The post ALA Washington Office Submits Comments on IAL appeared first on District Dispatch.

ALA Equitable Access to Electronic Content: ALA Washington Office Submits Comments on IAL

planet code4lib - Tue, 2014-04-01 20:40

On Monday, that ALA Washington Office submitted comments on the U.S. Department of Education’s Innovative Approaches to Literacy (IAL) grant program.

IAL was funded in FY 2014 at $25 million and is a competitive grant program where, by law, a minimum of half of this money must go low-income to update and maintain their school libraries.  The rest of the money goes to national non-profits that work for childhood literacy.

An example of IAL helping students and the community is in the Lowndes County Public School in Alabama.  The Lowndes Schools received an IAL grant in 2012 and they are using that award to help implement their Transforming School Libraries to Facilitate a Culture of Learning (TSLFCL) goal in their schools.  This money has been used to update the school library materials including books, e-readers, computers, and other such materials that are needed for an up-to-date school library.   This grant has also been used to open the school libraries on Saturdays and provide professional development for the district’s school librarians.

Consequently, this grant has allowed the Lowndes Schools to increase their number of reading materials being checked out by 63 percent.  The e-readers have provided many students simultaneous access to the popular titles so the wait time for high-demand books has been eliminated.  Students are also able to get immediate access to all the e-books that are available.  Furthermore, the school district has opened the school libraries on Saturdays and Saturday participation has exceeded the district’s goal by 50 percent.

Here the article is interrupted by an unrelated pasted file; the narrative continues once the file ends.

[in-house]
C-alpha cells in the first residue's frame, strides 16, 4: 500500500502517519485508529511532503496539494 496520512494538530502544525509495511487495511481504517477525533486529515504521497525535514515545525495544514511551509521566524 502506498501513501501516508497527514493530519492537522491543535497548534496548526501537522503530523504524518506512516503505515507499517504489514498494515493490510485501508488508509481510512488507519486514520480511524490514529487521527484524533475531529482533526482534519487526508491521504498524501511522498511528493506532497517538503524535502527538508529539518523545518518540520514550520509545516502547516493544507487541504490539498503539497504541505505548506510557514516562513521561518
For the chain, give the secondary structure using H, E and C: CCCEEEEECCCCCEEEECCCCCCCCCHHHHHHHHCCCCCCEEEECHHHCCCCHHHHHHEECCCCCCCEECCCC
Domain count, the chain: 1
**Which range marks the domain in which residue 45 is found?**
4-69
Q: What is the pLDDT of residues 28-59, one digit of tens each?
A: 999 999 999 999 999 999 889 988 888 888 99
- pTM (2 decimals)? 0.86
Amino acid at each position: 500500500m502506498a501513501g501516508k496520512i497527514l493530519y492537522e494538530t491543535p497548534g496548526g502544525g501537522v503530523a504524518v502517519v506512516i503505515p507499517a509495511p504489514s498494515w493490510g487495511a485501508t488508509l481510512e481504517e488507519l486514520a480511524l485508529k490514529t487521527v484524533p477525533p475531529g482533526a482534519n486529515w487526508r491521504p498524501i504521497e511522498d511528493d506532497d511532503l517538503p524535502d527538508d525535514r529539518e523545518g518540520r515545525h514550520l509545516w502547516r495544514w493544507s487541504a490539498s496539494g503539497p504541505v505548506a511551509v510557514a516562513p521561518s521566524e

The post ALA Washington Office Submits Comments on IAL appeared first on District Dispatch.

ALA Equitable Access to Electronic Content: House budget dismisses role of IMLS

planet code4lib - Tue, 2014-04-01 20:24

In a new budget released today from Representative Paul Ryan (R-WI), the House Budget Committee Chairman denounces the critical role that the Institute of Museum and Library Services (IMLS) plays in supporting civic engagement, literacy and lifelong learning in more than 123,000 libraries nationwide. Rep. Ryan recommends that the federal government not have a role in libraries and that Congress shift the federal agency’s responsibilities to the private sector in his 2015 fiscal year budget resolution.